Cricket Song Farm

Cricket Song Farm

Tuesday, March 12, 2013


One morning, several years ago, I received a frantic call from my daughter (Darlin' Dodie) who had recently left home for college.  "Mom,"...... I could tell something was terribly wrong.  She was almost in tears.  I took a deep breath to steady myself and asked what was wrong .

"I had to throw away the peelings from my cantaloupe,  IN THE GARBAGE"!  Whew, nothing to major........ I guess.  I laughed with relief.  She continued. " I fill so guilty, I couldn't take them out to the chickens or to the compost pile.  I just needed to call you."  Guess I did one thing right in raising her!

                                                                           I think
wouldn't that be wonderful!
Everyone sitting around at their dinner parties....talking compost....taking the vegetables peelings and left-overs home in little pails to add to the compost pile.

A compost pile can be started just about anywhere.  Over the years we have used many methods. 
A pile close to the back door for easy access from the kitchen.

Never did have one of those fancy drum composters, I just needed
 to much compost to use one of them. 
You can purchase enclosed, large black box composters with a removable
 front for easy access.  They look nice and will provide you with a
 continual small amount of compost
 if you have several of them.
For several years I used a 3 bin method utilizing 7 old wood pallets.

Place the pallets in a 3 sided  square and fasten together. 
 Add two more pallets to the side and rear of the square 
 making another 3 sided square, continue until you have 3 open ended bins.
Fill the first pallet with a few large sticks
 on the bottom to allow air flow underneath the heap.
Pile a ratio of 2-3 times the amount of dry materials to 1 times the amount of green. 
 Sprinkle finished compost over top and cover with soil.  Dampen with water and keep damp to allow the bacteria to do their work.  Make several layers  alternating browns, greens, a sprinkle of ready compost, and soil.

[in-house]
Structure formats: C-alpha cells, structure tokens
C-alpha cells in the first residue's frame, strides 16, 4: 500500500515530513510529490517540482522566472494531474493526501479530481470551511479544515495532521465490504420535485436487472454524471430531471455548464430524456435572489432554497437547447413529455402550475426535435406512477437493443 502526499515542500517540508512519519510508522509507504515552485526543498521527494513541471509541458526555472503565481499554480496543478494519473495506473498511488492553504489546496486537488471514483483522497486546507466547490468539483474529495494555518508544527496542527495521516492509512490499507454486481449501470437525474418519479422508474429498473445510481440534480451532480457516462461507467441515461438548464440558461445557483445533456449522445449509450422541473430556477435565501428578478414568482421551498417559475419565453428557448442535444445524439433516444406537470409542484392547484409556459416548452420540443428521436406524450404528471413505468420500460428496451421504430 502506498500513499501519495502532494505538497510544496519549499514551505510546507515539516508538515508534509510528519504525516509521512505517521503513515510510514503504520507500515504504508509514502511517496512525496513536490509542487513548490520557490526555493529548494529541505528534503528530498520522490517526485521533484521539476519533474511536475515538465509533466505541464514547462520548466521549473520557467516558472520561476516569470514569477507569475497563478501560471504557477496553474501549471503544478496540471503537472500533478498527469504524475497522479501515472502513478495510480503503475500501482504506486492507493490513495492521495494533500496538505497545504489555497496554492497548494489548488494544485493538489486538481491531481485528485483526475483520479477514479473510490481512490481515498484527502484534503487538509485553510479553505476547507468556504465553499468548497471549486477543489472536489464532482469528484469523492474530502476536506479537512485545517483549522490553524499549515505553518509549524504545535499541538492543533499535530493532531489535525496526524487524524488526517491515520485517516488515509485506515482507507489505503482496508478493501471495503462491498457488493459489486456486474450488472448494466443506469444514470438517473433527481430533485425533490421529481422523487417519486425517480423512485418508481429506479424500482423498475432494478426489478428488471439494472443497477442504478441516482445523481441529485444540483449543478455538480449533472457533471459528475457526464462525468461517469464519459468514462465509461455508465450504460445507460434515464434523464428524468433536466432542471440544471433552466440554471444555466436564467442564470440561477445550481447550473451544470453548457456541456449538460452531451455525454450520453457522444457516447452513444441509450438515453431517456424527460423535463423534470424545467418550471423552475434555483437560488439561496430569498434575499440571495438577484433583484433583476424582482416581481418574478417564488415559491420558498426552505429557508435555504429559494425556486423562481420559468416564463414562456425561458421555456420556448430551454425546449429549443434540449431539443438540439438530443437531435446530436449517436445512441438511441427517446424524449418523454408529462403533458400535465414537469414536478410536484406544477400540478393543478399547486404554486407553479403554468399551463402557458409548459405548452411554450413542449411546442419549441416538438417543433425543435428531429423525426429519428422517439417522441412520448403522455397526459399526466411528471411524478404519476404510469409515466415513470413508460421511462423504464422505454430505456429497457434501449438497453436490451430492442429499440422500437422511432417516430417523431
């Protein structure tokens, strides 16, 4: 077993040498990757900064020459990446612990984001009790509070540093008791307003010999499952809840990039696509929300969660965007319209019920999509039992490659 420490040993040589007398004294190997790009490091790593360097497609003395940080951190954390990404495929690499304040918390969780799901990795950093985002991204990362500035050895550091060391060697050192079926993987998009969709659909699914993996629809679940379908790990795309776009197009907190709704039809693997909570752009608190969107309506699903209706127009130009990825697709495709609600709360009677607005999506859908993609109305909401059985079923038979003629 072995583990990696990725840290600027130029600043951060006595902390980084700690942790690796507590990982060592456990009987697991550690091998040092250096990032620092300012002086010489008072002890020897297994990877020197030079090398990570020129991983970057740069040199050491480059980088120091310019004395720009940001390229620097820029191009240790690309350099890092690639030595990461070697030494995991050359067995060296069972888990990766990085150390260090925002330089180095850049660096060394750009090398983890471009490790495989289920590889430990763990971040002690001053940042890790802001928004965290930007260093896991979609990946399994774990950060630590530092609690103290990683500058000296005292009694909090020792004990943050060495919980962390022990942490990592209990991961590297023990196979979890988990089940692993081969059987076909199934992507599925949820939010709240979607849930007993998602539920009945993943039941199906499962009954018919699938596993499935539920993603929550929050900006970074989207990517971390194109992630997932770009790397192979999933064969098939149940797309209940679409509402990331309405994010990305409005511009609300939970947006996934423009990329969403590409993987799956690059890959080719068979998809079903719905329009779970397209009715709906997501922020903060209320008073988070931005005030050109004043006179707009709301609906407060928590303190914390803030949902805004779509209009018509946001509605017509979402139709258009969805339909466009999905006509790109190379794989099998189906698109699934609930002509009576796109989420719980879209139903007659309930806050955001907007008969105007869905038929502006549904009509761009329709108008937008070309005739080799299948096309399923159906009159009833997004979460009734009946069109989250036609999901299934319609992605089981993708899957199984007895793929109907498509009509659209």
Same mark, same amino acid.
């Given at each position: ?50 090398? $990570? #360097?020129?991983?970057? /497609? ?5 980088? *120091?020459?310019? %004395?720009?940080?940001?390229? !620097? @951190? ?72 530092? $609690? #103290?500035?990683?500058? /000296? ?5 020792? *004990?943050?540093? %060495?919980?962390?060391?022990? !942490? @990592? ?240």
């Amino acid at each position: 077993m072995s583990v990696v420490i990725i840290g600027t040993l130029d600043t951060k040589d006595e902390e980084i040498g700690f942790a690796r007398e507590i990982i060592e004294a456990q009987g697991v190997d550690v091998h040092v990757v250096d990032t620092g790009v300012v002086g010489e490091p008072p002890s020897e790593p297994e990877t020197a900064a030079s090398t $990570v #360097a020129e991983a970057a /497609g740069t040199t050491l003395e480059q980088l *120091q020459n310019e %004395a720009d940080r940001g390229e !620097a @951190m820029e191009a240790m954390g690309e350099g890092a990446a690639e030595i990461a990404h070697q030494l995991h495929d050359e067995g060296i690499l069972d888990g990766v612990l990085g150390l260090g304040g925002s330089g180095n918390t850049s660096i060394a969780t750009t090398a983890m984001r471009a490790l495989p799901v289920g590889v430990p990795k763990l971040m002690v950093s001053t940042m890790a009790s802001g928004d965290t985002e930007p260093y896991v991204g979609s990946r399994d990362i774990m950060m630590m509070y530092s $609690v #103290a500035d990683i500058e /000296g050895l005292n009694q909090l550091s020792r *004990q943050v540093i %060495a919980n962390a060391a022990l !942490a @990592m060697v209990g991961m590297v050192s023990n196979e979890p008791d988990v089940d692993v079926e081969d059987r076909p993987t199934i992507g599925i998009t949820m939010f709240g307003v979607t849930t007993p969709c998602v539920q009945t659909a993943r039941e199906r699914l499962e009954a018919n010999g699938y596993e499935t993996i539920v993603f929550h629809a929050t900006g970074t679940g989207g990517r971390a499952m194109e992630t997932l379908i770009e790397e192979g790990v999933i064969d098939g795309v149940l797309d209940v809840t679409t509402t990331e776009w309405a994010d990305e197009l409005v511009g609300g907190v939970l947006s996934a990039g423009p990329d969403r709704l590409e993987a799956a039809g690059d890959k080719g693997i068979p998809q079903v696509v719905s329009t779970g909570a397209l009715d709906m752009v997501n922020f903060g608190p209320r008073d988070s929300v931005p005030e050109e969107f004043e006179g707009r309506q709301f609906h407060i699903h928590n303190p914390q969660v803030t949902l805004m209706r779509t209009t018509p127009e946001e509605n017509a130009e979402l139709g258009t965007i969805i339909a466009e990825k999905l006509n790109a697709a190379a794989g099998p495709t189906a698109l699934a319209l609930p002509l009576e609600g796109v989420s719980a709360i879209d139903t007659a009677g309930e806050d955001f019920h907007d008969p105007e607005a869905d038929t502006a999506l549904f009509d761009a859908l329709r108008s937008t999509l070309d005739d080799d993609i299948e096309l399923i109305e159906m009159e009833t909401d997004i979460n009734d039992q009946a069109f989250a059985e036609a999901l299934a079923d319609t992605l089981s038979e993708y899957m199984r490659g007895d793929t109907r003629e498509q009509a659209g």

Add water with every layer.   Keep the pile moist but not wet, and let cook for several weeks.
Now, to turn the pile, begin shoveling the top of the pile into the next bin.  This process will rotate the ingredients, burying the less composted ingredients to the bottom of the pile and the more composted ingredients to the top of the pile.
Start a new pile in the first bin.
Keep moist and let cook for a couple of weeks.
Turn both piles into the next bins and start a new pile.  Now you have 3 working piles.  Let cook again and in a few weeks rotate the finished compost into the garden, shovel the compost over to the next bins and start another pile.
I used the pallet method until I got these big heavy black pipes 

You can see by this picture the pipe collects warm air and stores it in the ridges  which allows the heap to heat up quick.  A window placed over the top also draws in extra heat (leave an opening for good air flow).  The bottom is open so when the compost is done (in about 2-3 weeks time)  simply lift off the pipe and start a new pile.  If the ingredients haven't broken down I move the pipe over and re shovel the ingredients into the pipe and let it cook a little longer.  This pipe allow for quick processing of the compost  start to finish. 
NOTE:  I use well aged and composted manure from the goats, lots of green weeds, top soil, and hay stems my spoiled dairy goats refuse to eat, in this quick method.
It's easy to move these bins to a new spot where I have large quantities of items to compost.  Simply tip them over and roll it where you need it.
I have seen a few fancy kitchen counter composters, but haven't tried any of them, are they even worth the bother?  Let us know.

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